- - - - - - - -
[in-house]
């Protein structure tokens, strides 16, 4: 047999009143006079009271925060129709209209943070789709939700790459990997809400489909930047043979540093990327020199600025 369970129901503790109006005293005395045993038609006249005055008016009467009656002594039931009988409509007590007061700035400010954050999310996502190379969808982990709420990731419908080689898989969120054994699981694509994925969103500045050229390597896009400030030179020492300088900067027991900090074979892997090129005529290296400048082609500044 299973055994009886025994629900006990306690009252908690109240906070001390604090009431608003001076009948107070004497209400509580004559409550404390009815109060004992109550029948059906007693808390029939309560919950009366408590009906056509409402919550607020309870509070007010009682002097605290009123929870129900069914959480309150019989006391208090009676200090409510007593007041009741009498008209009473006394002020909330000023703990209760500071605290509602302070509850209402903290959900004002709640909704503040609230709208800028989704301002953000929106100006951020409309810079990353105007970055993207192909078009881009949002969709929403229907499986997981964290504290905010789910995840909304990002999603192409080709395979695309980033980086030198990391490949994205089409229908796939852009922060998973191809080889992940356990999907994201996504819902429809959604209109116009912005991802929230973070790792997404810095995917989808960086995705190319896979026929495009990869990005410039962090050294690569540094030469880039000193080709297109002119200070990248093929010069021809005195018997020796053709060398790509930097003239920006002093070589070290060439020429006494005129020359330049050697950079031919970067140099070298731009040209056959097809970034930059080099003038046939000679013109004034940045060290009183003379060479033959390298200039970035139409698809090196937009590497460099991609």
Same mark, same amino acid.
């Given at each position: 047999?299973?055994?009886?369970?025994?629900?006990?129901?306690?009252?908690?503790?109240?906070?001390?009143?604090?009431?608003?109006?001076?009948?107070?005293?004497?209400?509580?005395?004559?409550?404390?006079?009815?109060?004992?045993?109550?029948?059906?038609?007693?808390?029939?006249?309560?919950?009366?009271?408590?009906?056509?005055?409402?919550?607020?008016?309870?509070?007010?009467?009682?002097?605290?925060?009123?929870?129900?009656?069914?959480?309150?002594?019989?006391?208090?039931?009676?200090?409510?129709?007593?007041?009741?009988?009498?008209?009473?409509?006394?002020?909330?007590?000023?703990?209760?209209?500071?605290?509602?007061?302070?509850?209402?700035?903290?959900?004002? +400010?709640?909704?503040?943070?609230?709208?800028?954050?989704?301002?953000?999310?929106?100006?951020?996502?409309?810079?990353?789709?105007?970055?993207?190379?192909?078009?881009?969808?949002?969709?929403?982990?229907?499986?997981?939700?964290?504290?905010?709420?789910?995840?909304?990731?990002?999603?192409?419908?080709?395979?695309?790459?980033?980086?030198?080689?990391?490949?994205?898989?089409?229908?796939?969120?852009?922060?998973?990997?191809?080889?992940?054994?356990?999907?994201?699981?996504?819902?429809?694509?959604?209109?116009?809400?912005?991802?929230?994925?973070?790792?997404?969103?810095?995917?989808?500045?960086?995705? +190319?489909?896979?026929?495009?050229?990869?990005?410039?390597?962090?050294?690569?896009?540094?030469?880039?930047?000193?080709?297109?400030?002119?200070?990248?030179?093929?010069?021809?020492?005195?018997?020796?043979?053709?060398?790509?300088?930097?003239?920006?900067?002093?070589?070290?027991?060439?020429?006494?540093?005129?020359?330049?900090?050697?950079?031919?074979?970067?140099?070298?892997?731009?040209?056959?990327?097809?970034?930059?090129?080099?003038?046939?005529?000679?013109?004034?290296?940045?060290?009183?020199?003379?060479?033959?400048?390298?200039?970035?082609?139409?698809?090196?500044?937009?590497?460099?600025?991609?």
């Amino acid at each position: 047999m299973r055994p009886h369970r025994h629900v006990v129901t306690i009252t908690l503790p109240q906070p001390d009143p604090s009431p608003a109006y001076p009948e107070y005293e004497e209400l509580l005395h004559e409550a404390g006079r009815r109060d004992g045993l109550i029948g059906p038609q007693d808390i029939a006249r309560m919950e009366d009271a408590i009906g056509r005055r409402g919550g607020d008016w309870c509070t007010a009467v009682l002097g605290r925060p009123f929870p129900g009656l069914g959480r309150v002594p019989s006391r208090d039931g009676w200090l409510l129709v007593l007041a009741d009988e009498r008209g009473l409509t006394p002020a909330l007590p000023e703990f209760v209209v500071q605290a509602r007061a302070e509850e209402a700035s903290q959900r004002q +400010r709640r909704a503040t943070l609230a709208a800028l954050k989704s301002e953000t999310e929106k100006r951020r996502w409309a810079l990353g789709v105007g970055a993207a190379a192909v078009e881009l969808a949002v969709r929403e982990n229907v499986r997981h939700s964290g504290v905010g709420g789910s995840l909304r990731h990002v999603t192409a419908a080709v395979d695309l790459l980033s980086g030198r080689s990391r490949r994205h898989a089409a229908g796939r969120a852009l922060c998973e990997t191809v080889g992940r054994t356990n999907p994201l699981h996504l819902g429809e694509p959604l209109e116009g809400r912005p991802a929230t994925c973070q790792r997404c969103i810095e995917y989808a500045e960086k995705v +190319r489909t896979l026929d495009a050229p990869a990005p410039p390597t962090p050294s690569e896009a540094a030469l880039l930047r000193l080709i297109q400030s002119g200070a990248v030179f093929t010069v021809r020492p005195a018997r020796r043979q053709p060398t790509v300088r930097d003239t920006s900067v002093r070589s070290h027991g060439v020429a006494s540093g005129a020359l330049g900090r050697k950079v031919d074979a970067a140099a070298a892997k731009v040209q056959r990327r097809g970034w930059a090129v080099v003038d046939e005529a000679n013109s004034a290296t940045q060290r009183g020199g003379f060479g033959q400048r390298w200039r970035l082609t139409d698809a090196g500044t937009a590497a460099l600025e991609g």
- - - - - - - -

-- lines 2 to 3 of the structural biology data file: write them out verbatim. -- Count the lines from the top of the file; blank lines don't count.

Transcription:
């Protein structure tokens, strides 16, 4: 047999009143006079009271925060129709209209943070789709939700790459990997809400489909930047043979540093990327020199600025 369970129901503790109006005293005395045993038609006249005055008016009467009656002594039931009988409509007590007061700035400010954050999310996502190379969808982990709420990731419908080689898989969120054994699981694509994925969103500045050229390597896009400030030179020492300088900067027991900090074979892997090129005529290296400048082609500044 299973055994009886025994629900006990306690009252908690109240906070001390604090009431608003001076009948107070004497209400509580004559409550404390009815109060004992109550029948059906007693808390029939309560919950009366408590009906056509409402919550607020309870509070007010009682002097605290009123929870129900069914959480309150019989006391208090009676200090409510007593007041009741009498008209009473006394002020909330000023703990209760500071605290509602302070509850209402903290959900004002709640909704503040609230709208800028989704301002953000929106100006951020409309810079990353105007970055993207192909078009881009949002969709929403229907499986997981964290504290905010789910995840909304990002999603192409080709395979695309980033980086030198990391490949994205089409229908796939852009922060998973191809080889992940356990999907994201996504819902429809959604209109116009912005991802929230973070790792997404810095995917989808960086995705190319896979026929495009990869990005410039962090050294690569540094030469880039000193080709297109002119200070990248093929010069021809005195018997020796053709060398790509930097003239920006002093070589070290060439020429006494005129020359330049050697950079031919970067140099070298731009040209056959097809970034930059080099003038046939000679013109004034940045060290009183003379060479033959390298200039970035139409698809090196937009590497460099991609």
Same mark, same amino acid.